An accessible day hike 45 minutes from Seattle
Hiking Mt. Si is often a recurring experience for many Seattleites – to say it’s a popular trail is an understatement. Located in North Bend, Washington, Mt. Si offers a moderate to strenuous day hike that’s an approximate 45 minute drive from the Seattle metro. With an eight mile round trip, 3,150 feet elevation gain and multiple ecosystems, hiking Mt. Si is a must-do if you’re visiting Seattle or looking for an accessible outdoor escape.
What: Mt. Si Trail
Where: North Bend, Washington
Mileage: 8 miles round trip
Difficulty: Moderate to strenuous
Elevation Gain: 3,150 feet
High Point: 4,100 feet
Drive Time (From Seattle): 40 minutes (without traffic)
Permit: Discover Pass required
Season: Spring to Fall best (although, year round is possible with snow likely at higher elevations)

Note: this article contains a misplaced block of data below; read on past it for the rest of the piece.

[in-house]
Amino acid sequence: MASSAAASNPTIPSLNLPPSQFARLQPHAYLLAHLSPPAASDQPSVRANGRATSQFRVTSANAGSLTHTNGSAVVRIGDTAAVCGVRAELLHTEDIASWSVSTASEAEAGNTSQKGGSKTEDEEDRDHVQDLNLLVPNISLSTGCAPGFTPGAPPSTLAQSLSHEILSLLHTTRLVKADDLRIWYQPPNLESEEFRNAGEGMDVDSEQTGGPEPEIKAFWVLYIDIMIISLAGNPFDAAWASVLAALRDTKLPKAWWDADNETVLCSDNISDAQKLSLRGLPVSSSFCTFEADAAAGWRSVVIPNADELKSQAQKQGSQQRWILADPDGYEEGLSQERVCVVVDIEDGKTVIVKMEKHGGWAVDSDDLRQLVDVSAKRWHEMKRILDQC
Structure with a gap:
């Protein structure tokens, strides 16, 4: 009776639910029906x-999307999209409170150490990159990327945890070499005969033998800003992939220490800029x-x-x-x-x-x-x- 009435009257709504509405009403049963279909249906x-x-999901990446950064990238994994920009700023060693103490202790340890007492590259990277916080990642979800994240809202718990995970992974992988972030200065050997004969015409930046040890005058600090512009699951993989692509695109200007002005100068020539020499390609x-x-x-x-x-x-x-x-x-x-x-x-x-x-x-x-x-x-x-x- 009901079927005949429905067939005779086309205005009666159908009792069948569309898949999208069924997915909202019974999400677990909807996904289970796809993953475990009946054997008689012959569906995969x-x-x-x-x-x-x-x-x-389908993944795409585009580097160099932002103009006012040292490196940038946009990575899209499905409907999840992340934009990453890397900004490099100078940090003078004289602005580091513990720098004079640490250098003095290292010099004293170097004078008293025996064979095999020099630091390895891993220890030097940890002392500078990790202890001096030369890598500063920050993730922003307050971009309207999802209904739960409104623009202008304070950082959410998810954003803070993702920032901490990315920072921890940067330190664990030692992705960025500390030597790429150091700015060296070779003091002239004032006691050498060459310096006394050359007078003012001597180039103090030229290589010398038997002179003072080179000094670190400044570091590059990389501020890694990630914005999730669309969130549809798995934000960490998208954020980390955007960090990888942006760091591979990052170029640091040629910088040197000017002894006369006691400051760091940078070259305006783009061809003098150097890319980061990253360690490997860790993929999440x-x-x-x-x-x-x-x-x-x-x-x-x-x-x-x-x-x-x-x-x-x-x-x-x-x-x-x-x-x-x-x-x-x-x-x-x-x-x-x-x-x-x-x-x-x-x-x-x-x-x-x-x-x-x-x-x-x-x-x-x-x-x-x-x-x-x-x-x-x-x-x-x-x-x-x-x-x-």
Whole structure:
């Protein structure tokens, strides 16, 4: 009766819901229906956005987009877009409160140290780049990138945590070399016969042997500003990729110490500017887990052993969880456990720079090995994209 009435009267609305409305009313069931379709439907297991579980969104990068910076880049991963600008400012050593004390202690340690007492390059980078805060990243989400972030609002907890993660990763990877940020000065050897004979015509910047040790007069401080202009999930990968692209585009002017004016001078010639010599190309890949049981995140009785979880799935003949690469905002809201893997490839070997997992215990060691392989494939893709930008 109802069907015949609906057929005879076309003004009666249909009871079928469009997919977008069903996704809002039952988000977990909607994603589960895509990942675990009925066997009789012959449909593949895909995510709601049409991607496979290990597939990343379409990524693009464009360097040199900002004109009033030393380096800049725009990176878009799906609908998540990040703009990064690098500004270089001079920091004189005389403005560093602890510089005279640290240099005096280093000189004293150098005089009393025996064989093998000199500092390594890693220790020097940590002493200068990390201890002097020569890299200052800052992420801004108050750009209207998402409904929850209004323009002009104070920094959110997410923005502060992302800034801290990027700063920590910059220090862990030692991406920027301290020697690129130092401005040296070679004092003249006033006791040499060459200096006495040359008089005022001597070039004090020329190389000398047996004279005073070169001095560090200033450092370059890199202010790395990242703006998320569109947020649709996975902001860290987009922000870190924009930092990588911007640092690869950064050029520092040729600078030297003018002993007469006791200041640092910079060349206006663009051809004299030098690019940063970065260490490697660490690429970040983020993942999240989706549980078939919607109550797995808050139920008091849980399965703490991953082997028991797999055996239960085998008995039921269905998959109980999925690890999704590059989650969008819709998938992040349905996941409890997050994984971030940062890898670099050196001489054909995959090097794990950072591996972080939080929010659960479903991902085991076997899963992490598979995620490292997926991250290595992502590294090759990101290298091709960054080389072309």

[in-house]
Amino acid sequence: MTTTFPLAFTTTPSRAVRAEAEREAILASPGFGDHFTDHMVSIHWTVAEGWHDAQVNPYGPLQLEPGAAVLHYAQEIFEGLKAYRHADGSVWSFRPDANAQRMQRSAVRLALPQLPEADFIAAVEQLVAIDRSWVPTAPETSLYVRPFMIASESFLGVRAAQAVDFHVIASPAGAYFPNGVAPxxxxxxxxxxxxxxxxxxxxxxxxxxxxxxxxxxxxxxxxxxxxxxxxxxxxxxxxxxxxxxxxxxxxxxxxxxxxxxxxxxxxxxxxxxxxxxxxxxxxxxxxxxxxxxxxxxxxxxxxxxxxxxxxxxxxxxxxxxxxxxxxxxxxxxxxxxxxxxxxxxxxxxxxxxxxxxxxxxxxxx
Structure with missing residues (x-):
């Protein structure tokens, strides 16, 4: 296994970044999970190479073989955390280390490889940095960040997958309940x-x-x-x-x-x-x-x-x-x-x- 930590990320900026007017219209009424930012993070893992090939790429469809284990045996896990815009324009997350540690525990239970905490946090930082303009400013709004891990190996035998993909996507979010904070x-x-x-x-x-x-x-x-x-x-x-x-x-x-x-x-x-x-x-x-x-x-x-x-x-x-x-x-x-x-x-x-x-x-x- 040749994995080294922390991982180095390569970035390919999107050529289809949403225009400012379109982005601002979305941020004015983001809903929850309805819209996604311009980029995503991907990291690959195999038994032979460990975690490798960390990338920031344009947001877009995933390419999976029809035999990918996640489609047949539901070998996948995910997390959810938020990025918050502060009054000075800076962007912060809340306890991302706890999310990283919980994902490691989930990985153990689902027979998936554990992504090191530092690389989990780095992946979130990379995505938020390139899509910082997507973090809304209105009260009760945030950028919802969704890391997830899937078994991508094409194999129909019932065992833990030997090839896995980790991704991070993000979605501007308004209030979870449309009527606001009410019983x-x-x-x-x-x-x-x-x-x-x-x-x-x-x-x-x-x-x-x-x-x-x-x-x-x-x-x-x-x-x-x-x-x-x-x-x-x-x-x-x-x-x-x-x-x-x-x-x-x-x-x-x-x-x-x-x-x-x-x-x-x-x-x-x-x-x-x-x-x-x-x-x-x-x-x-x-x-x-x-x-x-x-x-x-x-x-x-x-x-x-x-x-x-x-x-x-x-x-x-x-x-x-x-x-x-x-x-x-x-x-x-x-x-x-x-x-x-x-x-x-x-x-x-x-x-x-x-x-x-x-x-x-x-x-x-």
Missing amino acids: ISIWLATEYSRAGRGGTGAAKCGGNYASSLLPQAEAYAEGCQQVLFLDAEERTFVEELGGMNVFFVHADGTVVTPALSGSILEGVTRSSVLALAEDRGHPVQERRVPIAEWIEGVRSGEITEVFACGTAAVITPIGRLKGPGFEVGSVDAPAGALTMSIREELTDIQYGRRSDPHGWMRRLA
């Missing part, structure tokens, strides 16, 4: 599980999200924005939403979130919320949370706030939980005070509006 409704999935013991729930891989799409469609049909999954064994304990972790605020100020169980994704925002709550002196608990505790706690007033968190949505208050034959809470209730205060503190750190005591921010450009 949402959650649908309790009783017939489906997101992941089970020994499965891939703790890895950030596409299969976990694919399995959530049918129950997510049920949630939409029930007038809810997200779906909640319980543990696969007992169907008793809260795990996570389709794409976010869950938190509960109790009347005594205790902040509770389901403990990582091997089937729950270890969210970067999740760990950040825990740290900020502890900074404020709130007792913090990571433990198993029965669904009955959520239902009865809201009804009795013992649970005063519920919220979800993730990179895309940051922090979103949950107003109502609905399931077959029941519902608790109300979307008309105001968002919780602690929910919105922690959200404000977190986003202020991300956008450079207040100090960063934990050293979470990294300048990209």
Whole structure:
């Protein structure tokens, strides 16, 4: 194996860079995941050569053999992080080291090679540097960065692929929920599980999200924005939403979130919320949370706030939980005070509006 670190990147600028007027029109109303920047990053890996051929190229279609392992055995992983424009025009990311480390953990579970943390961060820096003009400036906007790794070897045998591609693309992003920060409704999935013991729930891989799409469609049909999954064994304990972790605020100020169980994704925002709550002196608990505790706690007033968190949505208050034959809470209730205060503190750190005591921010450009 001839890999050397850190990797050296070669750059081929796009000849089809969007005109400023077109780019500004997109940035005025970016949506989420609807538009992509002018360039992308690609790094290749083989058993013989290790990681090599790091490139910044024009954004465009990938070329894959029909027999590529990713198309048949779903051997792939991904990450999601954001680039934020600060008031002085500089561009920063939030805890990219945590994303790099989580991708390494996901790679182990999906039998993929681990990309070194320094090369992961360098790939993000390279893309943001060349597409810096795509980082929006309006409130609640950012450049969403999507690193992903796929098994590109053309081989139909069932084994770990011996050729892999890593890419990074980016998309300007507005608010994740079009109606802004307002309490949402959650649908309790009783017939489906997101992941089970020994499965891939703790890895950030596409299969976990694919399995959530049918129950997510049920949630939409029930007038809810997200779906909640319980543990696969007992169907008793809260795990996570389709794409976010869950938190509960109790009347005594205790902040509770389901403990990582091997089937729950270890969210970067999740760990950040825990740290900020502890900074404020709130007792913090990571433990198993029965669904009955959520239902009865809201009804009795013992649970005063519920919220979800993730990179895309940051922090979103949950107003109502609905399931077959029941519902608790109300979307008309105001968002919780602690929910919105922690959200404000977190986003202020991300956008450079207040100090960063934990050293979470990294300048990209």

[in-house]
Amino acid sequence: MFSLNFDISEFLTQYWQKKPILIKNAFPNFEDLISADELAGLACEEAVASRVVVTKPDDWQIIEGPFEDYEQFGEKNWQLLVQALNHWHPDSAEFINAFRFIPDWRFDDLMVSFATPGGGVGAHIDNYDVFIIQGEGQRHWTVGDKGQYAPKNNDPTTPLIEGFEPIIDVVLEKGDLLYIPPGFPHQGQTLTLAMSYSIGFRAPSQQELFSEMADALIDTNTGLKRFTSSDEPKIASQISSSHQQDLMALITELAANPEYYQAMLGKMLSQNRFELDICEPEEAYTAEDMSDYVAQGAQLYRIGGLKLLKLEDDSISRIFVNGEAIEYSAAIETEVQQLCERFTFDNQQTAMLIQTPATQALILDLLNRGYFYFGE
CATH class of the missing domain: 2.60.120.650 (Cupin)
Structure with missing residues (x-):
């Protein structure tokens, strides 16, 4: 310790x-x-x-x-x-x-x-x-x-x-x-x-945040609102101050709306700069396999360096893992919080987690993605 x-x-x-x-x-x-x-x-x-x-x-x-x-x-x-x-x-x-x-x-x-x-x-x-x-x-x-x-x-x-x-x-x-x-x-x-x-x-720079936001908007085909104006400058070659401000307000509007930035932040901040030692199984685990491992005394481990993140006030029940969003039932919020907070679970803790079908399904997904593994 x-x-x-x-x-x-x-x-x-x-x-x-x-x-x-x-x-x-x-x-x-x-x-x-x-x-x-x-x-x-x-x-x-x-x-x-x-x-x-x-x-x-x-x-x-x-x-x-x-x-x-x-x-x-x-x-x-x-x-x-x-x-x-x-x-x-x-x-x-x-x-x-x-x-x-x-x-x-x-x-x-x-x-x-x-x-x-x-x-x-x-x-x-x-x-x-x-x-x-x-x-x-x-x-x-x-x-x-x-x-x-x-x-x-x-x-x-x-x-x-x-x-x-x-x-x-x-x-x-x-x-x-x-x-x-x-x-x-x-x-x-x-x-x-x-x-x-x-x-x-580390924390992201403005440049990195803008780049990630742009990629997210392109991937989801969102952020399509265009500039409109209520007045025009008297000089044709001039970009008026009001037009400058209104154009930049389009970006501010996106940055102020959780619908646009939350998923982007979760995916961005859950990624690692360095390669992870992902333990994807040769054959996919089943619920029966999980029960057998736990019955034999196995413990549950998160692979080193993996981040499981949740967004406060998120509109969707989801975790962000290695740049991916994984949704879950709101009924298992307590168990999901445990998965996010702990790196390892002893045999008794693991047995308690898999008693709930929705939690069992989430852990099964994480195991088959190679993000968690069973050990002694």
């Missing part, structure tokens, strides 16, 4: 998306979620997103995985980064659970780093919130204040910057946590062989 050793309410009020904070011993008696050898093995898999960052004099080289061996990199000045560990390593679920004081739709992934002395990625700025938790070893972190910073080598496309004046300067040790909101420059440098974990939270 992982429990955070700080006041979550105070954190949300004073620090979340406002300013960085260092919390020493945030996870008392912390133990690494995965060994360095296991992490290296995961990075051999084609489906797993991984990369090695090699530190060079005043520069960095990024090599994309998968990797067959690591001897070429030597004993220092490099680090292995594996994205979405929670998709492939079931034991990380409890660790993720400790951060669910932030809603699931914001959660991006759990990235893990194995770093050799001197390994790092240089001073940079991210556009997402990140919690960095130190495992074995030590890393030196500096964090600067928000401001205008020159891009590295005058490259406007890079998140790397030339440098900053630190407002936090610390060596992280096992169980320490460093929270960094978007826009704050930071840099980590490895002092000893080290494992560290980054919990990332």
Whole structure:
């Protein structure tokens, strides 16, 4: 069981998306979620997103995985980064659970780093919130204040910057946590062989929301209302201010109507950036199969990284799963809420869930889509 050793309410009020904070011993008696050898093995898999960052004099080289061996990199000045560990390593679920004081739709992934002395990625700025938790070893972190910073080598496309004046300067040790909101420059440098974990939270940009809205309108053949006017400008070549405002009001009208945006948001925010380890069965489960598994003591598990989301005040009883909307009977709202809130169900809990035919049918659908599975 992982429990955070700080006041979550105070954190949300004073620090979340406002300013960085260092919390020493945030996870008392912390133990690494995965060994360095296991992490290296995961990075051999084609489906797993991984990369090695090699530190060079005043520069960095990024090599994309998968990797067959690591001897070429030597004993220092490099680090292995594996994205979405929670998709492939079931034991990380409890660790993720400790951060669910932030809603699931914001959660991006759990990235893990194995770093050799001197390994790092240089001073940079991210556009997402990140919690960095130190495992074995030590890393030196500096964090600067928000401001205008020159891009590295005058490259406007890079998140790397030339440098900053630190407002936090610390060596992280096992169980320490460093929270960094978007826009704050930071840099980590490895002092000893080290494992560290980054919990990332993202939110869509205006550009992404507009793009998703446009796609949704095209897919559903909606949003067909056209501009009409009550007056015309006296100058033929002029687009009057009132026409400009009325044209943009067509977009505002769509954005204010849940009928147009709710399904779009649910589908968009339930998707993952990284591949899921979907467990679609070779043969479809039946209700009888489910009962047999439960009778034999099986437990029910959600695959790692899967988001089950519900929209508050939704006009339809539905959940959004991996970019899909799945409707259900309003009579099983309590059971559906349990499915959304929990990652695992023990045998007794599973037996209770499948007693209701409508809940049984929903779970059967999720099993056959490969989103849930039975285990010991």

During the spring, we typically do Mt. Si as a training hike for larger objectives and longer days in the mountains. It’s hard to find any other hikes with over a 3,000 foot elevation gain in four miles that is easily accessible from Seattle. We’re not the only ones using Mt. Si as a training ground – oftentimes, there are others training for Mt. Rainier with weighted backpacks and mountaineering gear on the trail.
If you’re just looking for a fun day hike in the Seattle area (training excluded), Mt. Si is fun for the whole family and four legged friends. Families and dogs are regularly seen hiking up and down the trails.
The hike is uphill the entire trail, starting gradually and progressing to larger switchbacks as the trail steepens. Passing through multiple ecosystems, the Mt. Si trail passes through old growth forests and by younger fir trees. For the most part, the hike is shrouded within the mossy trees and rainforest-type shrubbery. There are a few sections with a break in the trees where you’ll be able to see the mountains across the valley.
At the end of the trail, there’s a short second to third class scramble to the true summit of Mt. Si on Haystack Rock. On a clear day, views extend to the Olympics and the Cascades from the top of Haystack Rock, making it a beautiful, fulfilling end to an uphill hike.
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